Disclosure :: this meal was compensated by Carrollton Market, but as always, all opinions are my own.
Why Carrollton Market Should be on Your New Orleans Restaurant Bucket List
If you knew your next meal would be your last on Earth, what would you choose? Would you opt for something nostalgic like your mother’s pot roast or maybe something decadent like filet with lobster slathered in truffle butter? I’ve been asked this question before and my answer might seem strange to some … it would be the chef’s choice at an amazing restaurant that I’ve never experienced before.
My husband and I love to eat out and experience new restaurants. Anytime we try a new place, I always ask the waitstaff the same question—what’s your favorite thing? Nine times out of ten, I order what they suggest, unless it’s something like gazpacho, because honestly—when has chilled tomato soup ever delighted your taste buds?
We booked a babysitter and headed to Carrollton Market in the Riverbend for date night, and we got to experience a nine course tasting menu of the chef’s choosing. It was like a dream come true! We met Chef/Owner, Jason Goodenough, and he welcomed us to his beautiful space. He asked if we had any aversions or food allergies. Yes! My husband hates cucumber and I detest dill. He assured us that wouldn’t be a problem.
The first course was presented and I peered down into a cup of tomato gazpacho. I was skeptical. The chef explained that their gazpacho is unique because of the process of first cooking fresh tomatoes to soften their flavor and then emulsifying them with olive oil. The soup is served chilled and garnished with Louisiana crabmeat, watermelon, and cilantro. Only then did I remember that watermelon is the only other food that I hate. I know … it’s weird, but watermelon tastes like wet Styrofoam to me. But, I’m up for trying anything, and I certainly didn’t want to be rude, so I took a bite. I think it’s safe to say that if I had been left to my own devices, I would have read the description of this dish on the menu, wrinkled my nose, and kept reading … but after one bite of this seemingly ordinary soup, I was convinced that this chef has magical powers. The emulsification with the olive oil gave the gazpacho a rich, velvety texture, but it maintained a fresh and light finish. I realize that “rich” and “light” are contradictory descriptors—I’m telling you, it was magical. Cooking the tomatoes brought the acidity down to a more palatable level, and the garnishes, even the watermelon, brought everything together beautifully. I’m still not sure I’m a fan of gazpacho, but I’m definitely a fan of this one!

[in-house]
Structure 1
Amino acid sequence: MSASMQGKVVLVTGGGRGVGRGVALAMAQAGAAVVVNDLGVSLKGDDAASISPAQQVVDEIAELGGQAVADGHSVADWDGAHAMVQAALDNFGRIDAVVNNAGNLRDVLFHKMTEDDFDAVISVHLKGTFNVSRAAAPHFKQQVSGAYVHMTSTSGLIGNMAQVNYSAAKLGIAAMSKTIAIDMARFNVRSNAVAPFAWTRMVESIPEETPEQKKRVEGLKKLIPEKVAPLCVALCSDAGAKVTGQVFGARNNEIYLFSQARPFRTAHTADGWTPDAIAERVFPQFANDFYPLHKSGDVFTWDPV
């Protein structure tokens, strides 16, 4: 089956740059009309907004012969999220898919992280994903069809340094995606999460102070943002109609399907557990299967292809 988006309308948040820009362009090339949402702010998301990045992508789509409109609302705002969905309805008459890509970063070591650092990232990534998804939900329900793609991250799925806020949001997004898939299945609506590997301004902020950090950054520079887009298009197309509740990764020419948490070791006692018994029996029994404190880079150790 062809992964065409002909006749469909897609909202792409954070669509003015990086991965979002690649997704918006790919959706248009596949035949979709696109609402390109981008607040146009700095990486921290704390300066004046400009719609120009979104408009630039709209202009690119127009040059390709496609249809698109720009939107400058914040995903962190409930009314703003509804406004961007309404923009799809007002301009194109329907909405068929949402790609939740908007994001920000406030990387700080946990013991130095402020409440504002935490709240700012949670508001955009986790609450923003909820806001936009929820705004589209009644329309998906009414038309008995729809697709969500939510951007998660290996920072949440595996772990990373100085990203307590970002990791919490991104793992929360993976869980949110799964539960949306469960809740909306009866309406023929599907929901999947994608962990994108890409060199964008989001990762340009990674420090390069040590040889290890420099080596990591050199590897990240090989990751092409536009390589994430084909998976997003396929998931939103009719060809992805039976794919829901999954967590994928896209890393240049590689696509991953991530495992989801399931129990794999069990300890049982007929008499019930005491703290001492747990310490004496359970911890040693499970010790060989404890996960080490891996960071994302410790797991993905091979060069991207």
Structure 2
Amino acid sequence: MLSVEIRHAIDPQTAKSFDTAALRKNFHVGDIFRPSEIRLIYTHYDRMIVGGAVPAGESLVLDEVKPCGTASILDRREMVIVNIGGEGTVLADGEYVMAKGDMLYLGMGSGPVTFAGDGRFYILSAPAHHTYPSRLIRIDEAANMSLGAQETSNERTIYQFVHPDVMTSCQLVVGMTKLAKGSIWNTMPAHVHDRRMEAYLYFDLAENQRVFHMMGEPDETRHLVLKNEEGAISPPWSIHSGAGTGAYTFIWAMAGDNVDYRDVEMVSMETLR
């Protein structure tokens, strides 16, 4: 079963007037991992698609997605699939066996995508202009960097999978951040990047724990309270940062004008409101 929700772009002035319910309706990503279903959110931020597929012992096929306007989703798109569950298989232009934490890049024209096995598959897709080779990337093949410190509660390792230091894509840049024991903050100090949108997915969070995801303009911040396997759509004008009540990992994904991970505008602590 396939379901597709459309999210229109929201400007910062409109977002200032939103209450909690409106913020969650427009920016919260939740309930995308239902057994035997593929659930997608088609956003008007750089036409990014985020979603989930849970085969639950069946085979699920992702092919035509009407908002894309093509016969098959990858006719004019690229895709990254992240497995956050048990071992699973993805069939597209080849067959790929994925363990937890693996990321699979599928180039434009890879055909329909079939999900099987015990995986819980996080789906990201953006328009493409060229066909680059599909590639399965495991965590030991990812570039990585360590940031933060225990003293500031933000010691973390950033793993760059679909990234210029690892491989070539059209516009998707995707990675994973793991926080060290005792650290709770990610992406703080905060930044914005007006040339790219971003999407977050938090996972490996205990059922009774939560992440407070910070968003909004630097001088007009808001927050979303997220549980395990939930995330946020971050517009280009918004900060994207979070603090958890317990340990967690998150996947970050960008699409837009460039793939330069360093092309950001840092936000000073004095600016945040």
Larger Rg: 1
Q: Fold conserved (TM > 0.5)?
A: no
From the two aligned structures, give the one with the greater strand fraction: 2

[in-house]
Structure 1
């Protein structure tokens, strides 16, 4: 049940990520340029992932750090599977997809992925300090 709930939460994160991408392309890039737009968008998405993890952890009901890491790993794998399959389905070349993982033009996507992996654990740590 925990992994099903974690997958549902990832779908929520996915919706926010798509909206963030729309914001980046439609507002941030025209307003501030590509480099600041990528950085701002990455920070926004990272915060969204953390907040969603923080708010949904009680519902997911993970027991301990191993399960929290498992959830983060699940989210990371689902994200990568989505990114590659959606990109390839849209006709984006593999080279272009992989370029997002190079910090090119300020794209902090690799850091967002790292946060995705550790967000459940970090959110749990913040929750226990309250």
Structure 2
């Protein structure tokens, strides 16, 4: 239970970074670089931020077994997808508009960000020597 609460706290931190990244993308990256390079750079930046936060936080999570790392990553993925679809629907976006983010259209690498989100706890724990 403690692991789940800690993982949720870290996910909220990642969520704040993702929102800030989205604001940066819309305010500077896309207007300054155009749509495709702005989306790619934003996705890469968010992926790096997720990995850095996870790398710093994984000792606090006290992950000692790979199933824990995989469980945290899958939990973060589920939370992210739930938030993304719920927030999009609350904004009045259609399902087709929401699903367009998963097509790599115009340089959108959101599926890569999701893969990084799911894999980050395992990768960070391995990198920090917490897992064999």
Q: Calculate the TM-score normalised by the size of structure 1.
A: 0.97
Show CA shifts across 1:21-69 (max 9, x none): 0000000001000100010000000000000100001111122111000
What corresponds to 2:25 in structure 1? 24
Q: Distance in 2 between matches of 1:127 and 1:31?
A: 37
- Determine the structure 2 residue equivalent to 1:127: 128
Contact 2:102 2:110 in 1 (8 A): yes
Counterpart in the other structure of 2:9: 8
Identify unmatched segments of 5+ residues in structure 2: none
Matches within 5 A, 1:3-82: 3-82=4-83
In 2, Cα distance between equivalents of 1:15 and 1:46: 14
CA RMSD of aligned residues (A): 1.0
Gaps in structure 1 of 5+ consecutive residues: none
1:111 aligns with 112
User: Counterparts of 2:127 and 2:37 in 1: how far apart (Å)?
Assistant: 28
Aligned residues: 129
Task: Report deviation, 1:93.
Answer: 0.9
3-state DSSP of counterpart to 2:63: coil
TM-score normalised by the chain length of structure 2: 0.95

The Oysters Goodenough
Next up was one of their signature dishes that I was told never leaves the menu: Oysters Goodenough. Unless you know that the chef’s last name is “Goodenough,” you might think that the title of the dish is down playing how great the flavors are, because they are not just good enough, they are in fact great! I’ve had oysters a lot of ways— raw, fried, charbroiled, Rockefeller— but I’ve never had them wrapped in smoky bacon, flash fried, served over a bed of creamed leeks, and finished with rich béarnaise. It doesn’t get more decadent than bacon, heavy cream, and fried oysters topped with saucy goodness, but the smoke of the bacon really cut through all of the rich flavors to balance the dish. This appetizer is indeed worthy of the chef’s name!
We tried three more appetizers, the tomato and crab salad, the braised pork cheek, and the crawfish and pork croquette, and each dish brought something different to the table. The salad was light with a peppery bite from the arugula, the apple compote that accompanied the pork cheek brought an element of sweetness, and the croquette with pickled vegetables played the spicy and sour notes. Sadly, a complete picture was not taken of the croquette because it looked so appealing that my husband just had to dig in before I was able to snap a photo!
The entrees brought a twist on two New Orleans classics—creole cream cheese and bread pudding. Their house-made pasta was perfectly cooked and included a sauce made with creole cream cheese, asparagus, ham, and crab. It reminded me of an elevated pasta carbonara, and it was delicious! The pan seared red fish had a beautiful crust, and it was presented on top of a savory garlic bread pudding.
My husband and I disagreed on our favorite dessert. My favorite was the chocolate pots de crème that was served with warm sweet and salty beignets, and he preferred the buttermilk panna cotta served with a Pontchatoula strawberry compote and pecans. Our preferences were strange considering he is normally the chocolate person and my favorite dessert is strawberry pie, but I wasn’t upset that he left more of the pots de crème for me!
The overarching theme of the meal was elevated simplicity. There was nothing stuffy or pretentious about the food, the waitstaff, or the décor. Every bite I enjoyed brought a familiar flavor, but it came with a twist that turned up the volume. Instead of describing the food in a flowery and overly embellished manner, I’ll summarize by saying it was simply a great experience, not just good enough, but truly great!